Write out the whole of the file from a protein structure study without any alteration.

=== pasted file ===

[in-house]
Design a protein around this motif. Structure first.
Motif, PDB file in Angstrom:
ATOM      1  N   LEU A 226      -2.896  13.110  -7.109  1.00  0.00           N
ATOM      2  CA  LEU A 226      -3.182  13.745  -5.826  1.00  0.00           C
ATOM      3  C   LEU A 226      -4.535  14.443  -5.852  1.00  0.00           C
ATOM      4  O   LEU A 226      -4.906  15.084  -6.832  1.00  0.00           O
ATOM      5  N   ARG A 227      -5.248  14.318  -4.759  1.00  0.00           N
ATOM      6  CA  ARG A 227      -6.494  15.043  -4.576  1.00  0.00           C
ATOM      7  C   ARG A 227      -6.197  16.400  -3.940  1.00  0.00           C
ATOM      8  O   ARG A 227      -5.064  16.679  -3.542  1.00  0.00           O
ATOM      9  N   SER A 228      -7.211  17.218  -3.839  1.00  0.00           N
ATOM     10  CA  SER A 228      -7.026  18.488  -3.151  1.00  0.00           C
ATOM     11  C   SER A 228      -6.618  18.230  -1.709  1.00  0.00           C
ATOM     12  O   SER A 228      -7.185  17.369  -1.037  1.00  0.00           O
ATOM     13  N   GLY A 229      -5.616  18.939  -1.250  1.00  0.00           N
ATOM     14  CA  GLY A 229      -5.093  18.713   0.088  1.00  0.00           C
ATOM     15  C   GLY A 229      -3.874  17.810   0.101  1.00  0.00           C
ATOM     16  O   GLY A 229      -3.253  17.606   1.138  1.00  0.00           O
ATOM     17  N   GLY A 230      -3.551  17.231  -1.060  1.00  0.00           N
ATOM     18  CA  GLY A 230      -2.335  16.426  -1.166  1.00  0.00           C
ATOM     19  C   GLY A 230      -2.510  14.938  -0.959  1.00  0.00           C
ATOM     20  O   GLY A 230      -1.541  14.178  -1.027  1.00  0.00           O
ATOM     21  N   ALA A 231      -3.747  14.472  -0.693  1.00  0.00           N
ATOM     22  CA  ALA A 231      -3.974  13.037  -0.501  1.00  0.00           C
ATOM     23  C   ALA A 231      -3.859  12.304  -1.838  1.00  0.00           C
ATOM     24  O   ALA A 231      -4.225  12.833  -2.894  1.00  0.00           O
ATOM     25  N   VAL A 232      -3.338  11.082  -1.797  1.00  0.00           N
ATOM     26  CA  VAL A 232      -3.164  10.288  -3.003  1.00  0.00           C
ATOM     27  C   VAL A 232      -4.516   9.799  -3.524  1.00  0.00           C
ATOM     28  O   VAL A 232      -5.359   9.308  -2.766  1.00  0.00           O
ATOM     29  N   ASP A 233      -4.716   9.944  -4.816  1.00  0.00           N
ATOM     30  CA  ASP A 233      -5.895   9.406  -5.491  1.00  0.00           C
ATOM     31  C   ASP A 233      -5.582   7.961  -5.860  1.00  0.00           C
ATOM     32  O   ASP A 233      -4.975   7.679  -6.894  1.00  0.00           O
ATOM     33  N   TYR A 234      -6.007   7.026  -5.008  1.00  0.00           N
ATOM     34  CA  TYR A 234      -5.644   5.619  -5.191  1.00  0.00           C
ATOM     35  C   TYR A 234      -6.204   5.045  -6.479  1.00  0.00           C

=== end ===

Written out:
[in-house]
Design a protein around this motif. Structure first.
Motif, PDB file in Angstrom:
ATOM      1  N   LEU A 226      -2.896  13.110  -7.109  1.00  0.00           N
ATOM      2  CA  LEU A 226      -3.182  13.745  -5.826  1.00  0.00           C
ATOM      3  C   LEU A 226      -4.535  14.443  -5.852  1.00  0.00           C
ATOM      4  O   LEU A 226      -4.906  15.084  -6.832  1.00  0.00           O
ATOM      5  N   ARG A 227      -5.248  14.318  -4.759  1.00  0.00           N
ATOM      6  CA  ARG A 227      -6.494  15.043  -4.576  1.00  0.00           C
ATOM      7  C   ARG A 227      -6.197  16.400  -3.940  1.00  0.00           C
ATOM      8  O   ARG A 227      -5.064  16.679  -3.542  1.00  0.00           O
ATOM      9  N   SER A 228      -7.211  17.218  -3.839  1.00  0.00           N
ATOM     10  CA  SER A 228      -7.026  18.488  -3.151  1.00  0.00           C
ATOM     11  C   SER A 228      -6.618  18.230  -1.709  1.00  0.00           C
ATOM     12  O   SER A 228      -7.185  17.369  -1.037  1.00  0.00           O
ATOM     13  N   GLY A 229      -5.616  18.939  -1.250  1.00  0.00           N
ATOM     14  CA  GLY A 229      -5.093  18.713   0.088  1.00  0.00           C
ATOM     15  C   GLY A 229      -3.874  17.810   0.101  1.00  0.00           C
ATOM     16  O   GLY A 229      -3.253  17.606   1.138  1.00  0.00           O
ATOM     17  N   GLY A 230      -3.551  17.231  -1.060  1.00  0.00           N
ATOM     18  CA  GLY A 230      -2.335  16.426  -1.166  1.00  0.00           C
ATOM     19  C   GLY A 230      -2.510  14.938  -0.959  1.00  0.00           C
ATOM     20  O   GLY A 230      -1.541  14.178  -1.027  1.00  0.00           O
ATOM     21  N   ALA A 231      -3.747  14.472  -0.693  1.00  0.00           N
ATOM     22  CA  ALA A 231      -3.974  13.037  -0.501  1.00  0.00           C
ATOM     23  C   ALA A 231      -3.859  12.304  -1.838  1.00  0.00           C
ATOM     24  O   ALA A 231      -4.225  12.833  -2.894  1.00  0.00           O
ATOM     25  N   VAL A 232      -3.338  11.082  -1.797  1.00  0.00           N
ATOM     26  CA  VAL A 232      -3.164  10.288  -3.003  1.00  0.00           C
ATOM     27  C   VAL A 232      -4.516   9.799  -3.524  1.00  0.00           C
ATOM     28  O   VAL A 232      -5.359   9.308  -2.766  1.00  0.00           O
ATOM     29  N   ASP A 233      -4.716   9.944  -4.816  1.00  0.00           N
ATOM     30  CA  ASP A 233      -5.895   9.406  -5.491  1.00  0.00           C
ATOM     31  C   ASP A 233      -5.582   7.961  -5.860  1.00  0.00           C
ATOM     32  O   ASP A 233      -4.975   7.679  -6.894  1.00  0.00           O
ATOM     33  N   TYR A 234      -6.007   7.026  -5.008  1.00  0.00           N
ATOM     34  CA  TYR A 234      -5.644   5.619  -5.191  1.00  0.00           C
ATOM     35  C   TYR A 234      -6.204   5.045  -6.479  1.00  0.00           C